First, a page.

TO KICK OFF the 2014 Christmas season, consumers observed Black Friday and Cyber Monday in quick succession. Giving Tuesday came next.

And then, on Wednesday, in the serene Sacred Heart Chapel at the Grey Nuns' motherhouse in Yardley, they were invited to rest their checkbooks for the sisters' Advent Evening of Reflection, a contemplative annual antidote to the holiday rush.

Call it Grey Wednesday.

Sisters Jean Liston and Anne Boyer led a short teach-in about Catholic theologians Thomas Merton and Henri Nouwen, followed by a candlelit hour of quiet prayer. They encouraged visitors to see Advent as a time to practice what Sister Jean called "the discipline of silence and solitude." In one prayer, the congregation asked for "the gift of attentiveness" this Christmas.

Quiet contemplation is one of the hallmarks of the 277-year-old Grey Nuns, a sisterhood with Canadian origins whose U.S. headquarters is the motherhouse in Yardley.

Their "silence and solitude" message seemed to resonate with their Bucks County neighbors. While parking spaces were easy enough to come by at the nearby Oxford Valley Mall that cold and rainy night, the lot outside the motherhouse was packed.

"I think it's a need that people are experiencing more and more these days, with the thrust toward consumerism," said Sister Jean. "I think they yearn for the quiet."

Who we are: The Grey Nuns of the Sacred Heart are a Roman Catholic order of "women religious," the term used these days to distinguish community-based sisters from cloistered nuns.

In the U.S., there are 111 Grey Nuns, 51 of whom (many retired) live in the Yardley motherhouse.

What we believe: The sisters consider it their mission to serve society's most neglected, including the poor, the sick, the elderly, the homeless, the imprisoned and the addicted. Their broad slate of social justice initiatives includes support for immigration reform and opposition to the death penalty, human trafficking and fracking.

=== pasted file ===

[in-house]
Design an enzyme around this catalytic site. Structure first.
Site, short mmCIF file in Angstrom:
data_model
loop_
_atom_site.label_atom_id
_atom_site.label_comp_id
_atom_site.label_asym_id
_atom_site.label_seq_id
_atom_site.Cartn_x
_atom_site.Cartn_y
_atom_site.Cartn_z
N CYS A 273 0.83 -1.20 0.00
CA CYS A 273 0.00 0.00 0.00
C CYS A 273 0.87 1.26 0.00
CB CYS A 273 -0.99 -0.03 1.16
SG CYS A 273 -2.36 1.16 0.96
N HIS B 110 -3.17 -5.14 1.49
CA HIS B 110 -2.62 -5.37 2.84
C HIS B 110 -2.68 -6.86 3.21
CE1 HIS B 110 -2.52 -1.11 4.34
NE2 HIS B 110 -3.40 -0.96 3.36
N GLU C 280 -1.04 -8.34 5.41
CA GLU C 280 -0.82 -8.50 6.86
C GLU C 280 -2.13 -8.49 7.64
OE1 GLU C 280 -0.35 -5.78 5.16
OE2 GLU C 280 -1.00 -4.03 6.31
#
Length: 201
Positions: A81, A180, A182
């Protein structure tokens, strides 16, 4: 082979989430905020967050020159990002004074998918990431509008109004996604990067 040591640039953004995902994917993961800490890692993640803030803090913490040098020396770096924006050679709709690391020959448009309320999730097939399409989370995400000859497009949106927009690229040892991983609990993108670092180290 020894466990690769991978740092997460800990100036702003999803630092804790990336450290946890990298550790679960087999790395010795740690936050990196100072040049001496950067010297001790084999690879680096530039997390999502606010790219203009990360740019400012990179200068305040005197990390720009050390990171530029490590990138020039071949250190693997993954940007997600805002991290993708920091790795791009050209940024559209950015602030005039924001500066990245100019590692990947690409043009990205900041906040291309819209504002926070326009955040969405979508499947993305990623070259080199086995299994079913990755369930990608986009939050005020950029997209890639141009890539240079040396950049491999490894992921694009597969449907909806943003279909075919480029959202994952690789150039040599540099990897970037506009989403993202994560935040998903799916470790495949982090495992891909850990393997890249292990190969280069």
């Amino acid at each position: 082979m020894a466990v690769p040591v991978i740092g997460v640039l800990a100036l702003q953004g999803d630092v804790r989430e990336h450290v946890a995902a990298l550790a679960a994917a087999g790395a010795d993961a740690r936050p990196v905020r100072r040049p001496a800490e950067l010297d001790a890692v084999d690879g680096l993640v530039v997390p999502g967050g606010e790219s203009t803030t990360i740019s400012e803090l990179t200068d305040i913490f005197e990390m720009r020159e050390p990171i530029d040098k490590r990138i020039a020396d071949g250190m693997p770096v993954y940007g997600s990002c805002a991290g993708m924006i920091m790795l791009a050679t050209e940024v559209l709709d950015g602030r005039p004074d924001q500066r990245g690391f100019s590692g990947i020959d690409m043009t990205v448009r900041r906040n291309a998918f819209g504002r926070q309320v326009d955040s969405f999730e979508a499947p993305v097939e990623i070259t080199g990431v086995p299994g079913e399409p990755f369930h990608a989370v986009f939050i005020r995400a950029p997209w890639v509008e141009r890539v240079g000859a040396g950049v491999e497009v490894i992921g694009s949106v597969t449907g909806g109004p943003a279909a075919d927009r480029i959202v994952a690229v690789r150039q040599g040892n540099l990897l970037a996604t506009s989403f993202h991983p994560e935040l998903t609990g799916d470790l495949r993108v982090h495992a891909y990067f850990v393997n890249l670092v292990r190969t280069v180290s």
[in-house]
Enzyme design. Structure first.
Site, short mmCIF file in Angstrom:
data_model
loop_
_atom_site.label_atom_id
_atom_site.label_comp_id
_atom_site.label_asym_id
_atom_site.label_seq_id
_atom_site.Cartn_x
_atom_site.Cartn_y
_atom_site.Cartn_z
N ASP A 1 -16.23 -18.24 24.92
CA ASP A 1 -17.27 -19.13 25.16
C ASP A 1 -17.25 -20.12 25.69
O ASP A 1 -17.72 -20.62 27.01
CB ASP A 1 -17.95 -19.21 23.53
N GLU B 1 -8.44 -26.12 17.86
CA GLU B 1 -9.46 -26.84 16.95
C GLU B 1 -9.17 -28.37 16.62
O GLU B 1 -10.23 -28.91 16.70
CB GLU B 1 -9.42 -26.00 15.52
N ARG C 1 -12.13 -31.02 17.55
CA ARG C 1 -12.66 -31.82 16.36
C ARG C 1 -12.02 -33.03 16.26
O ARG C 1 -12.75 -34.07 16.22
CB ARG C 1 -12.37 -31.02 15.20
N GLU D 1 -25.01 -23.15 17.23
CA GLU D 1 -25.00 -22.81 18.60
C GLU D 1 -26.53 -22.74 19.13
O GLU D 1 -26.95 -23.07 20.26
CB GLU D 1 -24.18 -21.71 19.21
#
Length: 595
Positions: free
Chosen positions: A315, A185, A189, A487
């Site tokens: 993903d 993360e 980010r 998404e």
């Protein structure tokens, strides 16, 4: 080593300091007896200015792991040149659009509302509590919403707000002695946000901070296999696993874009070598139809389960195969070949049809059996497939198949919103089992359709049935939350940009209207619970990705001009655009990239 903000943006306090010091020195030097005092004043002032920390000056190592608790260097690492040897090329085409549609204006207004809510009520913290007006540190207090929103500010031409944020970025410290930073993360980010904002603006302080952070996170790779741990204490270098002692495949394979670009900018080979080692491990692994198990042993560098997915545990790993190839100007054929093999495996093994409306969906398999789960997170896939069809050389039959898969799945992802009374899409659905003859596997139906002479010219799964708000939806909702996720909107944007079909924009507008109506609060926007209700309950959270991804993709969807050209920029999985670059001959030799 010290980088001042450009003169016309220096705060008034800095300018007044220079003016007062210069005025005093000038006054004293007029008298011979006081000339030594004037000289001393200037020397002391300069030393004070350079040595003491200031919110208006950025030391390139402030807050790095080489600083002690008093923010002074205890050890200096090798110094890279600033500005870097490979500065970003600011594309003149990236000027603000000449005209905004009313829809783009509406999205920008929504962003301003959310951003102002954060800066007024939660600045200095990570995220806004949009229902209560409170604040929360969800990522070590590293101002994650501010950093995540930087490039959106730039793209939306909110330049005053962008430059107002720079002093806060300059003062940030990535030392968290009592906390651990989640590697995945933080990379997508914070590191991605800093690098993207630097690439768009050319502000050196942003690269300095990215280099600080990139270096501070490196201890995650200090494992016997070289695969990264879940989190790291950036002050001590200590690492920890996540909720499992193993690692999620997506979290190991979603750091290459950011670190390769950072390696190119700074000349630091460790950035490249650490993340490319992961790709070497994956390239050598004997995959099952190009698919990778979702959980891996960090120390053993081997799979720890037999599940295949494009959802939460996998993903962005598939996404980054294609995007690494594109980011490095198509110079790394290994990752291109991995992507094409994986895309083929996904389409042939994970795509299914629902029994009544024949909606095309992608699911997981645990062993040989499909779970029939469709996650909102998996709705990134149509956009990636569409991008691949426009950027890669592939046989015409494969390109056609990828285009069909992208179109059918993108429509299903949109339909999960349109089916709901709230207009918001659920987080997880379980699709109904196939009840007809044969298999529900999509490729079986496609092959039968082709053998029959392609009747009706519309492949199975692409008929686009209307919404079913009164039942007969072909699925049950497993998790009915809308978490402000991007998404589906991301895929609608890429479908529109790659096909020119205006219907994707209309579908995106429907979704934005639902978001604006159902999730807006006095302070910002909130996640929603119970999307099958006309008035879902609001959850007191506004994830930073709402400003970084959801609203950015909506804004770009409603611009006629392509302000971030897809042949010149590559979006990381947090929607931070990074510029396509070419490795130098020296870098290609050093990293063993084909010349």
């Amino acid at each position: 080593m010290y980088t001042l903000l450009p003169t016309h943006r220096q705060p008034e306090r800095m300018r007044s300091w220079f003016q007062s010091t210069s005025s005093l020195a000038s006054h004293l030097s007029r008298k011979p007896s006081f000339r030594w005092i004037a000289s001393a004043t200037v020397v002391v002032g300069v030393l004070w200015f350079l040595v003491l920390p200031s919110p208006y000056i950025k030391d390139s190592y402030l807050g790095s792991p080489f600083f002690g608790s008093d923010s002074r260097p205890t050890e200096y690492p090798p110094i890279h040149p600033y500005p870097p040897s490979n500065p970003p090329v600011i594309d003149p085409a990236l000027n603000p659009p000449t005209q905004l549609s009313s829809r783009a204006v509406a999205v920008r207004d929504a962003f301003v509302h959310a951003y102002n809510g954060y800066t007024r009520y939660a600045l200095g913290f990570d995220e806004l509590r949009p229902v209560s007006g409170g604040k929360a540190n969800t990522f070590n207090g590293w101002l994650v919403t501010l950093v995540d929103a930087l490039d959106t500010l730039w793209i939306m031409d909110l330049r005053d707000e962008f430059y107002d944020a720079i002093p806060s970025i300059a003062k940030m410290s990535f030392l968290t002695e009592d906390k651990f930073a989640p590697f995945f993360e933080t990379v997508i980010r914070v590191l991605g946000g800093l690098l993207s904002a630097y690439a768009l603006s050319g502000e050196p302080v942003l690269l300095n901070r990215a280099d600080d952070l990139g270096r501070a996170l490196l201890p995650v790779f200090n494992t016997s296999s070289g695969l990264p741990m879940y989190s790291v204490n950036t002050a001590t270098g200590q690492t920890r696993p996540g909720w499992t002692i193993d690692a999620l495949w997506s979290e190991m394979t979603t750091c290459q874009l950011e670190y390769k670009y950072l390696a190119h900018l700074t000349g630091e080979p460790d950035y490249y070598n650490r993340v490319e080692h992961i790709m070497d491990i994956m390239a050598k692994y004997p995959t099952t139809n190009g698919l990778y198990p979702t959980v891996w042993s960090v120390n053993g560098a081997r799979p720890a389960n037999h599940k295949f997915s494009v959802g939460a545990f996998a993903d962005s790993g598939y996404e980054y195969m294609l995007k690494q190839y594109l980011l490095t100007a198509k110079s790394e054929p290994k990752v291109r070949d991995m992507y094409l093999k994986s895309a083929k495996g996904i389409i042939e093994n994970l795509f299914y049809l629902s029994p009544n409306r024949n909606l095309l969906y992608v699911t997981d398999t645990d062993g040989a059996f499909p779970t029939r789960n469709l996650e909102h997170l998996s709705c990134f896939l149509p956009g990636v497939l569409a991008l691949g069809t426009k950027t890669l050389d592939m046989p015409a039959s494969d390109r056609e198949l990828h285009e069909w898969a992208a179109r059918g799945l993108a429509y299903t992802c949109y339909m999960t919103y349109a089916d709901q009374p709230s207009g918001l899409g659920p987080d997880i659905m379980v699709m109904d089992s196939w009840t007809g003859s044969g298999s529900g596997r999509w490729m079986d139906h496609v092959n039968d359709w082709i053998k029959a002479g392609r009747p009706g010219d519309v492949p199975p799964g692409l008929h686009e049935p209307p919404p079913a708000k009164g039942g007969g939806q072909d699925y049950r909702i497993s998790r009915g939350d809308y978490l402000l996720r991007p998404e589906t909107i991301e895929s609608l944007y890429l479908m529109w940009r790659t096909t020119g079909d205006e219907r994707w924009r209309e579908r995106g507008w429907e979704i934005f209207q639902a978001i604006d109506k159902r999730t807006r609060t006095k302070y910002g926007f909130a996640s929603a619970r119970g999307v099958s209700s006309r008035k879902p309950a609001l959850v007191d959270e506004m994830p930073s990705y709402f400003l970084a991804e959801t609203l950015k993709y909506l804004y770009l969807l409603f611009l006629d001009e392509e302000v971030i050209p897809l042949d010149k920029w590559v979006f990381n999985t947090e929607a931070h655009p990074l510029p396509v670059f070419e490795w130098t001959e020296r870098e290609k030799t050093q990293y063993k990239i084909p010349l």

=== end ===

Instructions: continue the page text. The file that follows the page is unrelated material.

"We believe in the dignity of all people, and when people's rights are being violated, we speak up," Sister Jean said. "We can be a voice for the voiceless."

They are also staunch environmentalists.

Where we worship: The motherhouse and chapel are on a bucolic campus on Quarry Road near Lindenhurst Road in Yardley, which also houses a nursery school, a K-8 elementary school and an assisted-living facility. Like all Grey Nuns properties, the Yardley campus has declared itself a nuclear-free zone.

When we worship: A priest celebrates mass in the Sacred Heart Chapel at 9 a.m. on Sundays and 11 a.m. weekdays.

The Sisters gather privately weekday mornings for what they call "centering prayer," which Sister Jean described as "a quiet prayer when people gather together and focus on God dwelling within them." Members of the public join them in this silent, contemplative practice Thursdays at 7 p.m.

Sisters also pray the rosary together on Tuesdays at 4:30 p.m. You can call 215-968-4236 to ask them to include someone in their prayers, or use the "contact us" tab at greynun.org to send a prayer-request email.

What we believe: "We are created in God's image," Sister Jean said. "God sent Jesus to save us and show us how to live. God's spirit enlightens, guides and sustains us."

Funny about that name: The French word for gray, gris, can also mean "tipsy."

The Grey Nuns' founder, Saint Marguerite d'Youville, was the widow of a Canadian rum runner, and class-conscious Montreal society disparaged her order, calling them the "tipsy sisters."

They kept the name and wore French-gray habits as a humbling reminder of having been outcasts.

Your nun here? Many of the nuns now living at the Yardley motherhouse have taught in local Catholic schools. They include:

From Cardinal Dougherty High School: Sister Diane Bardol (Sister Dorothy Anne), Sister Mary Charlotte Barton, Sister Marlene Butler (Sister John Marlene), Sister Barbara Harrington (Sister Robert Francis) and Sister Marie Therese Staiger.

From Little Flower High School: Sister Dorothy Dunn (Sister John Marie), Sister Mary O'Connell (Sister Thomas Francis), Sister Marie Therese Staiger, Sister Mary Susan Thomas.

From Bishop McDevitt High School: Sister Dolores Beatty (Sister Mary of Nazareth), Sister Cecelia Cosgrove (Sister Ann Christopher), Sister Dorothy Dunn (Sister John Marie), Sister Roseanne Walker and Sister Mary Denis Woods.

God is . . . "Love," Sister Jean said. "God's unconditional love is reflected everywhere in the universe - in the people we meet, the experiences of our day and the circumstances of our lives. We discover God by having a discerning heart."

Words of hope: Good always triumphs over evil. We must never lose hope," she said. "Be grateful to God for life's abundant blessings!"